Keywords: Stock prices, exchange rates, causality-in-variance, cointegration
    JEL: F31 G15 C32
    Date: 2013
  9. By: Giorgio Canarella (Department of Finance, University of Nevada, Las Vegas); Stephen M. Miller (Department of Economics, University of Nevada, Las Vegas); Stephen K. Pollard (Department of Economics, California State University, Los Angeles)
    Abstract: We use the Johansen cointegration approach to assess the empirical validity of the purchasing power parity (PPP) between the UK and the Euro Area, which we represent by Germany, the largest of its members. We conduct the empirical analysis in the context of the global financial crisis that began in 2007 and find that it directly affects the cointegration space. We fail to validate the Johansen and Juselius (1992) original hypothesis that nonstationarity of the PPP associates with the nonstationarity of interest rate differentials to produce a stationary relation. On the other hand, we do not reject PPP. We find that PPP cointegrates with inflation differentials. We also find, contrary to conventional wisdom, that (i) equilibrium adjustment occurs between the German and UK inflation rates, while weak exogeneity exists for the German and UK interest rates and the PPP condition, and (ii) three common trends associated with the German interest rate, the UK interest rate, and the PPP condition “push” the system with the German interest rate and the PPP condition playing dominant roles.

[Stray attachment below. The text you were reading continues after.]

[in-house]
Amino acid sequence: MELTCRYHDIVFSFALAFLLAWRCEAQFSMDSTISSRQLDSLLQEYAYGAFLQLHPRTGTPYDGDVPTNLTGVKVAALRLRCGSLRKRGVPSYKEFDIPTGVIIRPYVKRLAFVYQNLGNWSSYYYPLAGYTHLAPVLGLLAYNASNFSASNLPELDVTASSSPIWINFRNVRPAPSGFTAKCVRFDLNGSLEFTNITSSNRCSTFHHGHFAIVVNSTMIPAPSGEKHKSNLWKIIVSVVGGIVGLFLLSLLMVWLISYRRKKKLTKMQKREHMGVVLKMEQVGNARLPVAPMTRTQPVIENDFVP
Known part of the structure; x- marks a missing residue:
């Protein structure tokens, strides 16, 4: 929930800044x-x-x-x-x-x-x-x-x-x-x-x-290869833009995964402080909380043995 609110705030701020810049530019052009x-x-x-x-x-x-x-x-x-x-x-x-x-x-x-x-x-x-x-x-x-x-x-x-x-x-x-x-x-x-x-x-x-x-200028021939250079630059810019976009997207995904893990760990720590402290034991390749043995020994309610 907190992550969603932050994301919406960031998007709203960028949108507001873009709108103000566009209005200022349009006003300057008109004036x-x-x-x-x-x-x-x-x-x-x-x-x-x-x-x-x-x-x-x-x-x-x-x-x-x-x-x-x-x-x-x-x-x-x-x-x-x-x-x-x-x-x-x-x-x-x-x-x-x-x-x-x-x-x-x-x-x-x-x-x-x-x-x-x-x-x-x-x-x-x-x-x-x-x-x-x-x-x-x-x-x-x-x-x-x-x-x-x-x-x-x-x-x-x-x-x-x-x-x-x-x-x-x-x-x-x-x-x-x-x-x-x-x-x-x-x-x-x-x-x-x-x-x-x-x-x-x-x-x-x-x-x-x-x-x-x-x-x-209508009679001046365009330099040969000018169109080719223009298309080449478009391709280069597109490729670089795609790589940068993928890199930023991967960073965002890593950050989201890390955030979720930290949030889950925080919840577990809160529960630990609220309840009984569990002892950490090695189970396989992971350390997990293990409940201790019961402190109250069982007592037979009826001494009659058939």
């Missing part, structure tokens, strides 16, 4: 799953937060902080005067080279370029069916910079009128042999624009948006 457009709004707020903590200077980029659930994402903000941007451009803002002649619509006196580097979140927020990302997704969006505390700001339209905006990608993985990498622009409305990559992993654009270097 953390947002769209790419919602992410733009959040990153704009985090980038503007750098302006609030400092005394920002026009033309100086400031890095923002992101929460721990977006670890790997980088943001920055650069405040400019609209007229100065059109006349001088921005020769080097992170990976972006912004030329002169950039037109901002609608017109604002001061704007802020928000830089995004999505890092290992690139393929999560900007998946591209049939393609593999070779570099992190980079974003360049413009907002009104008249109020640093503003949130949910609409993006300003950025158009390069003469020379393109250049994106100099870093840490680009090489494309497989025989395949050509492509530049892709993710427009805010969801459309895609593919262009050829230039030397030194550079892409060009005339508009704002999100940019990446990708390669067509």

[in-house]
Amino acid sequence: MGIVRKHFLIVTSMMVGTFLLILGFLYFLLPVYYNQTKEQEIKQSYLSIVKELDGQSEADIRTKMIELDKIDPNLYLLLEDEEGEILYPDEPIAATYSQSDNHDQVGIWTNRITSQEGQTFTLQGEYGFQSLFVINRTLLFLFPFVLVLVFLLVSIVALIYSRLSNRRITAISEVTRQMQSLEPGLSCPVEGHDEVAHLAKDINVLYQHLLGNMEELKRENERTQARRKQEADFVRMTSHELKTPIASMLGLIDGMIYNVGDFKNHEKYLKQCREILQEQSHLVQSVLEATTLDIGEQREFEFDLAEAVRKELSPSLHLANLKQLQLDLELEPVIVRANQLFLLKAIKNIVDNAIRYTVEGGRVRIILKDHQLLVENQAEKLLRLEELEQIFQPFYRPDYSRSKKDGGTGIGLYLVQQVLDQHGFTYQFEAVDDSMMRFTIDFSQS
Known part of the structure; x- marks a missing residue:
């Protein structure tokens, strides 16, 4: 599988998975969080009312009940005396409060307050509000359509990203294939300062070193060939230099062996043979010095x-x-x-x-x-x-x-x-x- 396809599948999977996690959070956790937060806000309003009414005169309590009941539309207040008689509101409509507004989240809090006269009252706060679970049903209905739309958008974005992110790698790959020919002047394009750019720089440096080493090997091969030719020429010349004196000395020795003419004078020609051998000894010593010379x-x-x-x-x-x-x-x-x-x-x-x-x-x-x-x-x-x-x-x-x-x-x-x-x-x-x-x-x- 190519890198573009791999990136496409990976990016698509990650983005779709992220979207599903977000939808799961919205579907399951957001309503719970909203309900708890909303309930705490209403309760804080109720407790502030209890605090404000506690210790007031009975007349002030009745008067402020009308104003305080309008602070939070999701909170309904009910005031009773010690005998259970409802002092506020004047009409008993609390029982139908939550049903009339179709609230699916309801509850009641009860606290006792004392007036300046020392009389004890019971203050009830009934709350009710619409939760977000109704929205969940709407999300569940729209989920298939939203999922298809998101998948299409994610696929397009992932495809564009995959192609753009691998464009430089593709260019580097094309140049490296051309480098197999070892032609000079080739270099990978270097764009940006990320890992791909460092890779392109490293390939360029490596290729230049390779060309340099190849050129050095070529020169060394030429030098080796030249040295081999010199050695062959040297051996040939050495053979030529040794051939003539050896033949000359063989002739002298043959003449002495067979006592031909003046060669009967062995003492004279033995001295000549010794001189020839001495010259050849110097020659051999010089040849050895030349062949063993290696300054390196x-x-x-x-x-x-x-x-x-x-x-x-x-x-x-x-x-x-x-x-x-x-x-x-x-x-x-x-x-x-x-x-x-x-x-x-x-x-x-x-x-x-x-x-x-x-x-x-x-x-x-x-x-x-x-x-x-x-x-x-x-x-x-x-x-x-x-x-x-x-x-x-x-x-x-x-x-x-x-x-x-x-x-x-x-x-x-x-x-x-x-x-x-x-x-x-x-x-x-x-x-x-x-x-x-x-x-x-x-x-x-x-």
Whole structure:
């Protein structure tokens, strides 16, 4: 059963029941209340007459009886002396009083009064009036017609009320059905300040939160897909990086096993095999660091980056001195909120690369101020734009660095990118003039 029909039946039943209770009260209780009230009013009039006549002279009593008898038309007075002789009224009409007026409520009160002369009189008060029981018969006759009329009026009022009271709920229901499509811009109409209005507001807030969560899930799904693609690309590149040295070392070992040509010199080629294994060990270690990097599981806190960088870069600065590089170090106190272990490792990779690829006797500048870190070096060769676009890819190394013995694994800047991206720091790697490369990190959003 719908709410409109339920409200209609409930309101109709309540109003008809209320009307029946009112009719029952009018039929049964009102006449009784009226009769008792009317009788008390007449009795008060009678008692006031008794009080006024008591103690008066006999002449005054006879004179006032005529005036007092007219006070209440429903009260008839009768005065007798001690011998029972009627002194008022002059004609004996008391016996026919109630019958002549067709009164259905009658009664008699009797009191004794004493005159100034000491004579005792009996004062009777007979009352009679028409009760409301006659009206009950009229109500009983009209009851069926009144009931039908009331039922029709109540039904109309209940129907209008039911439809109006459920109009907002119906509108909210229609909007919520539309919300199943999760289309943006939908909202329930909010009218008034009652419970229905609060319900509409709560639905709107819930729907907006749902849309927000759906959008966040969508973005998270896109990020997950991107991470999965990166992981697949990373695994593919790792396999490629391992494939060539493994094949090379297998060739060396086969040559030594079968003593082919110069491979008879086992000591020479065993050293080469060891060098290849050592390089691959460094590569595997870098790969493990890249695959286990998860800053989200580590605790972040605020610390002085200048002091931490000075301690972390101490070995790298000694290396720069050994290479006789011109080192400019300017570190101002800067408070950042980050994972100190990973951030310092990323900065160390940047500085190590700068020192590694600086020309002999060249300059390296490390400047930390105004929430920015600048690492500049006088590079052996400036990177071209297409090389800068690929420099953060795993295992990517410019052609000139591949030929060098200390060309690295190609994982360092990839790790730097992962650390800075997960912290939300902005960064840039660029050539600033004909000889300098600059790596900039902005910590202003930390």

Keywords: Purchasing Power Parity, Euro Area, Cointegrated VAR.
    JEL: E31 E43 F31 F32
    Date: 2012–08
  10. By: Matteo Barigozzi; Antonio Conti
    Abstract: We revisit the usefulness of long-run money demand equations for the European Central Bank. We first conduct a model evaluation exercise by means of a recent timeóvarying cointegration test. A stable relation for euro area M3 is not rejected by data only when accounting for both a speculative motive, represented by international financial markets, and a precautionary motive, proxied by changes in the unemployment rate. Second, relying on this finding, we propose and estimate a novel time-invariant specification for money demand which allows us (i) to build a leading indicator of stock market busts and (ii) to describe the anomalous behavior of M3 in the last decade. Excess liquidity matters for both financial and price stability.